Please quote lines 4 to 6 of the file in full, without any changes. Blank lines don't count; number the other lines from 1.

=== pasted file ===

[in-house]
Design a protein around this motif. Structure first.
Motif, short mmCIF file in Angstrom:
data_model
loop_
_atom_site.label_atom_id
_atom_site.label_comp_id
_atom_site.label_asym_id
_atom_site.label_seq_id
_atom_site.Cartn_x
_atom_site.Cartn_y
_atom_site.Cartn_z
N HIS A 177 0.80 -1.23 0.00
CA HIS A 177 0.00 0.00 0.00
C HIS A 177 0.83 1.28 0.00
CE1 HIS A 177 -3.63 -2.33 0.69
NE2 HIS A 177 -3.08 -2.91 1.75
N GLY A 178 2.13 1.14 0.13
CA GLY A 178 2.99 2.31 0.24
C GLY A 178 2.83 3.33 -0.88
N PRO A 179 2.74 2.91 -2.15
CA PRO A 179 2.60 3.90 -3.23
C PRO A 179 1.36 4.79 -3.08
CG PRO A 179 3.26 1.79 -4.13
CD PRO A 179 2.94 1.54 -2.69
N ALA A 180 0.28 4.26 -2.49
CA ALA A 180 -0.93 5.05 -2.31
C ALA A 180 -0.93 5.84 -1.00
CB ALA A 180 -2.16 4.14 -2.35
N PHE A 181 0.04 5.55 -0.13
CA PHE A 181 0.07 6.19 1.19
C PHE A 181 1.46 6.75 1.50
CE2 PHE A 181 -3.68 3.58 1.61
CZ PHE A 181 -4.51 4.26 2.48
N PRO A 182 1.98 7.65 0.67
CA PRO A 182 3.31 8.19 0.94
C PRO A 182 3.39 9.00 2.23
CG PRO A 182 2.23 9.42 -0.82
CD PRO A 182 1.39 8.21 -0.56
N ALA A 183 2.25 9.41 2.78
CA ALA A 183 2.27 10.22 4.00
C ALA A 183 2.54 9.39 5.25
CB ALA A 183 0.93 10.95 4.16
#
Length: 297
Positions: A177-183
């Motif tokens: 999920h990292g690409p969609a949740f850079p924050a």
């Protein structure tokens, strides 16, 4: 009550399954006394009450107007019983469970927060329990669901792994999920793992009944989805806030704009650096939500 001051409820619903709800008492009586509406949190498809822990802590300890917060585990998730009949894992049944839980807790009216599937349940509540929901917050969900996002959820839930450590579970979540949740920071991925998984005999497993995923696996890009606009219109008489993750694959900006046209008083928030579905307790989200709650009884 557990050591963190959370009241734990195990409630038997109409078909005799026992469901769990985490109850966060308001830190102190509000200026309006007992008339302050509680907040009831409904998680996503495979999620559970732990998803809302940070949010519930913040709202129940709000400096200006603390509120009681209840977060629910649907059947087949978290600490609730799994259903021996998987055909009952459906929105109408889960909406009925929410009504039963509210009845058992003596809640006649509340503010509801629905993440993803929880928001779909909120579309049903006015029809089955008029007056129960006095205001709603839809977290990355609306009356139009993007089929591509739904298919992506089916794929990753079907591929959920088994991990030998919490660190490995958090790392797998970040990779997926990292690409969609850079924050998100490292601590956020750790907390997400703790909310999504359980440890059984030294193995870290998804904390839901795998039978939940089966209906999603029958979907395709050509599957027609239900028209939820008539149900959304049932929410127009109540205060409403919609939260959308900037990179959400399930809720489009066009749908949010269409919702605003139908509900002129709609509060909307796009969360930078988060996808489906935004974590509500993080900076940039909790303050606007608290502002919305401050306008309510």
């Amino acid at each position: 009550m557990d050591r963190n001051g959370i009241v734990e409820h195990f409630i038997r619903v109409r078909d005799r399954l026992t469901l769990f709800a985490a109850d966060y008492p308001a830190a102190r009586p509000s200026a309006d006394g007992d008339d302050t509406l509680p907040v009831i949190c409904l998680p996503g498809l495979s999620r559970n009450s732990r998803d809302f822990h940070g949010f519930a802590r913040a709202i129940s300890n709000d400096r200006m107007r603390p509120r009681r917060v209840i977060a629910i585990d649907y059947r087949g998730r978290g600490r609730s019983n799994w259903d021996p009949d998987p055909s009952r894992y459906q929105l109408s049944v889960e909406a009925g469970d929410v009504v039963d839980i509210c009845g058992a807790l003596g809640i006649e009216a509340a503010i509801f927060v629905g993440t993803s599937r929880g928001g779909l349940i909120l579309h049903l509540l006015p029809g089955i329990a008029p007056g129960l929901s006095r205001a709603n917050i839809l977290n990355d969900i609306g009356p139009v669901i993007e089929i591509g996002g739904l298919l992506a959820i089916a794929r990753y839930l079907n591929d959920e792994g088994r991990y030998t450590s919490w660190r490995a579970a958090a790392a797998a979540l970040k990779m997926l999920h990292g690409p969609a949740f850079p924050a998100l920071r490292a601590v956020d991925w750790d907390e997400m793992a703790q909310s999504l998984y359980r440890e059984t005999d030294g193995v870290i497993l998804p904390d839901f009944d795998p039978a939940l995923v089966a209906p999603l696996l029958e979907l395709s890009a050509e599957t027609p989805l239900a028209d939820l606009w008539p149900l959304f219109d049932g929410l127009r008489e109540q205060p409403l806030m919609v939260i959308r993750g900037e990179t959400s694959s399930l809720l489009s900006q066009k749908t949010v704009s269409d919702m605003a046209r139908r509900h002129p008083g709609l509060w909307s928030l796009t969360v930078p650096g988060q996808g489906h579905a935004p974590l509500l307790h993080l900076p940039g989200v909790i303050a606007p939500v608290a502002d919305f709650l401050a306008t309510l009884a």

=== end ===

data_model
loop_
_atom_site.label_atom_id